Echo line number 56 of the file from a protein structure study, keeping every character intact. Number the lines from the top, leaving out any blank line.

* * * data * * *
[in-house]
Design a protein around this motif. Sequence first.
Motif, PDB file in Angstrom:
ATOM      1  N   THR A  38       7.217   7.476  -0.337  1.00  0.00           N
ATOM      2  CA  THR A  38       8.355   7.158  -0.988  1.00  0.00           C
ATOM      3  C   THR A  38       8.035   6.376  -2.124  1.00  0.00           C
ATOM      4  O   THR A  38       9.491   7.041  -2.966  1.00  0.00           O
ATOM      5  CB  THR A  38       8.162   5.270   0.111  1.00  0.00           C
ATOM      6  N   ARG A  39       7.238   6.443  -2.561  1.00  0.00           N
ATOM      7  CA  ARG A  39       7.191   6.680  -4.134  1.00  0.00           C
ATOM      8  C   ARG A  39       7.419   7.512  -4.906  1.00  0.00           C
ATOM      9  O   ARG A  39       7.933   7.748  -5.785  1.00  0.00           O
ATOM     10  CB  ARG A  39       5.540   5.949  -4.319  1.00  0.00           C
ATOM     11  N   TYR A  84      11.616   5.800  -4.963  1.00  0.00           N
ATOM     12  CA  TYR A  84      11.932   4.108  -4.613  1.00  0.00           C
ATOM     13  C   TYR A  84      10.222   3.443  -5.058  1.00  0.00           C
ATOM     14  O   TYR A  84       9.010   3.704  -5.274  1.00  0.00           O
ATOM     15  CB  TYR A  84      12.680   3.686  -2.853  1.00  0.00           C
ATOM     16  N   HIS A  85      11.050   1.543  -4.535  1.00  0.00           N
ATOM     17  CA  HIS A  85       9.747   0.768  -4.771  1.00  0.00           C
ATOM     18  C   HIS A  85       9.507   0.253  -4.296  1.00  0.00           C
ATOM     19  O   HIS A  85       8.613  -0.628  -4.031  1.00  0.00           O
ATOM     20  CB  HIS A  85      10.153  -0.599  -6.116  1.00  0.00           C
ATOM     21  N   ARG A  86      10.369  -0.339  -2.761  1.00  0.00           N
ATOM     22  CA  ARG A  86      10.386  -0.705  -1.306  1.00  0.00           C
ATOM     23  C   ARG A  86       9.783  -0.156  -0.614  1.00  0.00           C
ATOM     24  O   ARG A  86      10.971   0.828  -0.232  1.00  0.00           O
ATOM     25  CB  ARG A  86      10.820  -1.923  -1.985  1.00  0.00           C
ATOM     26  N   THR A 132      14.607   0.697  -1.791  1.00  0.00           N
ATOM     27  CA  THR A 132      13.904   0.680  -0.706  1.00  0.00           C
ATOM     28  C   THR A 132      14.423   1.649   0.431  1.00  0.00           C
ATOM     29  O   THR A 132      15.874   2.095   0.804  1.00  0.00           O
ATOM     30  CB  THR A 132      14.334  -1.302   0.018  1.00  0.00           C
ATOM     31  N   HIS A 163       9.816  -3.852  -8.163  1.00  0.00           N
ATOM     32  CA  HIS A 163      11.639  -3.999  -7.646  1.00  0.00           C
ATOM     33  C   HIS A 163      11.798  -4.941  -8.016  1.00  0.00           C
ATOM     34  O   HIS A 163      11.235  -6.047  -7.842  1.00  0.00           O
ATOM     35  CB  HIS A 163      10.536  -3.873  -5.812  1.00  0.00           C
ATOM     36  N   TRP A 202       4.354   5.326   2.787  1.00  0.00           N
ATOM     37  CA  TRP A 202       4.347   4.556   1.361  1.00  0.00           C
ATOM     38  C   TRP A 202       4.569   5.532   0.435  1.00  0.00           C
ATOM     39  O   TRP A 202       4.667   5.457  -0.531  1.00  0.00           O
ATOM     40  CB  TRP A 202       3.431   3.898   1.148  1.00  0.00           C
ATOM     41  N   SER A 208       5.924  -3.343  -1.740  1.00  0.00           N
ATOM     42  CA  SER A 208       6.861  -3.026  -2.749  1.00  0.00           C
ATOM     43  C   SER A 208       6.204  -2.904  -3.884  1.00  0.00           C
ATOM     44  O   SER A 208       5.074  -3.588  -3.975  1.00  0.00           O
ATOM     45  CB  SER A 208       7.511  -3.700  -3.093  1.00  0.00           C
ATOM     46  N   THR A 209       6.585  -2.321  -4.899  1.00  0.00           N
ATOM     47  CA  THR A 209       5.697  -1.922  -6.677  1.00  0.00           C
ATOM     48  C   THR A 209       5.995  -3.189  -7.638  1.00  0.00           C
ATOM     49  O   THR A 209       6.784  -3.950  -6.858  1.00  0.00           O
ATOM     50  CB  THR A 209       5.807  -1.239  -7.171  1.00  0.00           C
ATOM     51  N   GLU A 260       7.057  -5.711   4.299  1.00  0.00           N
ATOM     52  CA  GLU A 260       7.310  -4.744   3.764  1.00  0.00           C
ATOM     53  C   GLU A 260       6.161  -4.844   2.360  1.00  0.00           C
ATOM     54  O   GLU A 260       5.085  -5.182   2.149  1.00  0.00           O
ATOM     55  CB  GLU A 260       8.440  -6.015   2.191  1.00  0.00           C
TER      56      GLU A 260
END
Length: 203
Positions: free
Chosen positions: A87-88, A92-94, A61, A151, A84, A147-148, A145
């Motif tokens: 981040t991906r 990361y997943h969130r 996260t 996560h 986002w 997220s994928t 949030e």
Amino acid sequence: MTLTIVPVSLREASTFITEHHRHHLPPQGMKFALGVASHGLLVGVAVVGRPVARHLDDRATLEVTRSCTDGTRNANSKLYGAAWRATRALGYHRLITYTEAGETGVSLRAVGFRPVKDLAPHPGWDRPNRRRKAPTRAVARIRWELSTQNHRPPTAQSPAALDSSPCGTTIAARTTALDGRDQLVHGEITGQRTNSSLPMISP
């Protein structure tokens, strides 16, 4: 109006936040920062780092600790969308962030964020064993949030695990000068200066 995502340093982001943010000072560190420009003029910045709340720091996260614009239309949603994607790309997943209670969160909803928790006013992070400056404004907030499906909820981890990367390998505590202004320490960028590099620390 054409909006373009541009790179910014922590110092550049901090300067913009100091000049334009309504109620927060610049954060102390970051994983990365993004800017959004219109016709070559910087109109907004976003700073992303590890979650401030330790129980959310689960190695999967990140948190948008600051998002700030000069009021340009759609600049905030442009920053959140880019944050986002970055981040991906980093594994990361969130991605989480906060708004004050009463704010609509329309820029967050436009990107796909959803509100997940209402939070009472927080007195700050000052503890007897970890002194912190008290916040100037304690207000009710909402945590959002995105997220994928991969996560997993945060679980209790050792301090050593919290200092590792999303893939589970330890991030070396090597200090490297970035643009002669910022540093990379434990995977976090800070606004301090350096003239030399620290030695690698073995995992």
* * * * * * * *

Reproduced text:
ATOM     53  C   GLU A 260       6.161  -4.844   2.360  1.00  0.00           C